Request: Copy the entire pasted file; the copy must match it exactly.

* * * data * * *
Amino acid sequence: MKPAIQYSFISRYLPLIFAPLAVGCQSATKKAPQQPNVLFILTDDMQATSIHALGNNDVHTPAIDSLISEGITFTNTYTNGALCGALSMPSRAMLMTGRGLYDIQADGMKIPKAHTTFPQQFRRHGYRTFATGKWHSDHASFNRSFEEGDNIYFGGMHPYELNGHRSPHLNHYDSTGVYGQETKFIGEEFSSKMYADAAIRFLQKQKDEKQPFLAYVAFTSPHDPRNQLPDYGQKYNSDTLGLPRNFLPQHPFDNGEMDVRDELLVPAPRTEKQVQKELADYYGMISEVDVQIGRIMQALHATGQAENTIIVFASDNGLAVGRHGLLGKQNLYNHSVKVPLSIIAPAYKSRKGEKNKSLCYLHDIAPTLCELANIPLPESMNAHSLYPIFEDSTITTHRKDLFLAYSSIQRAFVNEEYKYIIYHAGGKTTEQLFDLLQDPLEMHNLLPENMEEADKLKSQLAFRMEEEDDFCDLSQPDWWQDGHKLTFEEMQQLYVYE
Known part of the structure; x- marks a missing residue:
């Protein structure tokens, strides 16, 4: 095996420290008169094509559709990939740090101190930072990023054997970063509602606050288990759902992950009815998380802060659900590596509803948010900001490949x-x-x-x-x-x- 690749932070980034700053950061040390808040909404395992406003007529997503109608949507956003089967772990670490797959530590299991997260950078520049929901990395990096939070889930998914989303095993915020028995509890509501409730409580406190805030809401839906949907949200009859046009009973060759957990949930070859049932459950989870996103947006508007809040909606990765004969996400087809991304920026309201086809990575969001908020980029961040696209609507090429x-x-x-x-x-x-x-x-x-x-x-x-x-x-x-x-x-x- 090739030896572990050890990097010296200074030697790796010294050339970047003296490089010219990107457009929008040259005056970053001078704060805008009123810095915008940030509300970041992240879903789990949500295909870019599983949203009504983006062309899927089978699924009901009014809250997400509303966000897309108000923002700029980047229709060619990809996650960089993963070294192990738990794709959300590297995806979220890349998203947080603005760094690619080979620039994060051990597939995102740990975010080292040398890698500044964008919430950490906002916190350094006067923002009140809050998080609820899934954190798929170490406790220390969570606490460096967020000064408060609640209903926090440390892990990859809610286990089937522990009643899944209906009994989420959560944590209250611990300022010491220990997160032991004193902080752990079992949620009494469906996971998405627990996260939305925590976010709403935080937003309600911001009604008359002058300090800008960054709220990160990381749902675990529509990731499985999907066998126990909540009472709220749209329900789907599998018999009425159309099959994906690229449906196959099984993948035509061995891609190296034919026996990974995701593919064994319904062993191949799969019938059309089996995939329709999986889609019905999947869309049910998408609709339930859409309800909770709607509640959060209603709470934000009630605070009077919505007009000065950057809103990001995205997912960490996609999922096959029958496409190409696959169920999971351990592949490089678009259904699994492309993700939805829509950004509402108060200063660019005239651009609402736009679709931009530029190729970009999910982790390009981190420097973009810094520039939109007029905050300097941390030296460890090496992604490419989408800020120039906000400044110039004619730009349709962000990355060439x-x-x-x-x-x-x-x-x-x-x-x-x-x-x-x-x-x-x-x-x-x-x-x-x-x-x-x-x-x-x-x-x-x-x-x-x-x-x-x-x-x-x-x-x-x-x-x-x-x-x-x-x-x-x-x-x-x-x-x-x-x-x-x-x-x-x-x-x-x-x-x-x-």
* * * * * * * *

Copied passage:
Amino acid sequence: MKPAIQYSFISRYLPLIFAPLAVGCQSATKKAPQQPNVLFILTDDMQATSIHALGNNDVHTPAIDSLISEGITFTNTYTNGALCGALSMPSRAMLMTGRGLYDIQADGMKIPKAHTTFPQQFRRHGYRTFATGKWHSDHASFNRSFEEGDNIYFGGMHPYELNGHRSPHLNHYDSTGVYGQETKFIGEEFSSKMYADAAIRFLQKQKDEKQPFLAYVAFTSPHDPRNQLPDYGQKYNSDTLGLPRNFLPQHPFDNGEMDVRDELLVPAPRTEKQVQKELADYYGMISEVDVQIGRIMQALHATGQAENTIIVFASDNGLAVGRHGLLGKQNLYNHSVKVPLSIIAPAYKSRKGEKNKSLCYLHDIAPTLCELANIPLPESMNAHSLYPIFEDSTITTHRKDLFLAYSSIQRAFVNEEYKYIIYHAGGKTTEQLFDLLQDPLEMHNLLPENMEEADKLKSQLAFRMEEEDDFCDLSQPDWWQDGHKLTFEEMQQLYVYE
Known part of the structure; x- marks a missing residue:
């Protein structure tokens, strides 16, 4: 095996420290008169094509559709990939740090101190930072990023054997970063509602606050288990759902992950009815998380802060659900590596509803948010900001490949x-x-x-x-x-x- 690749932070980034700053950061040390808040909404395992406003007529997503109608949507956003089967772990670490797959530590299991997260950078520049929901990395990096939070889930998914989303095993915020028995509890509501409730409580406190805030809401839906949907949200009859046009009973060759957990949930070859049932459950989870996103947006508007809040909606990765004969996400087809991304920026309201086809990575969001908020980029961040696209609507090429x-x-x-x-x-x-x-x-x-x-x-x-x-x-x-x-x-x- 090739030896572990050890990097010296200074030697790796010294050339970047003296490089010219990107457009929008040259005056970053001078704060805008009123810095915008940030509300970041992240879903789990949500295909870019599983949203009504983006062309899927089978699924009901009014809250997400509303966000897309108000923002700029980047229709060619990809996650960089993963070294192990738990794709959300590297995806979220890349998203947080603005760094690619080979620039994060051990597939995102740990975010080292040398890698500044964008919430950490906002916190350094006067923002009140809050998080609820899934954190798929170490406790220390969570606490460096967020000064408060609640209903926090440390892990990859809610286990089937522990009643899944209906009994989420959560944590209250611990300022010491220990997160032991004193902080752990079992949620009494469906996971998405627990996260939305925590976010709403935080937003309600911001009604008359002058300090800008960054709220990160990381749902675990529509990731499985999907066998126990909540009472709220749209329900789907599998018999009425159309099959994906690229449906196959099984993948035509061995891609190296034919026996990974995701593919064994319904062993191949799969019938059309089996995939329709999986889609019905999947869309049910998408609709339930859409309800909770709607509640959060209603709470934000009630605070009077919505007009000065950057809103990001995205997912960490996609999922096959029958496409190409696959169920999971351990592949490089678009259904699994492309993700939805829509950004509402108060200063660019005239651009609402736009679709931009530029190729970009999910982790390009981190420097973009810094520039939109007029905050300097941390030296460890090496992604490419989408800020120039906000400044110039004619730009349709962000990355060439x-x-x-x-x-x-x-x-x-x-x-x-x-x-x-x-x-x-x-x-x-x-x-x-x-x-x-x-x-x-x-x-x-x-x-x-x-x-x-x-x-x-x-x-x-x-x-x-x-x-x-x-x-x-x-x-x-x-x-x-x-x-x-x-x-x-x-x-x-x-x-x-x-």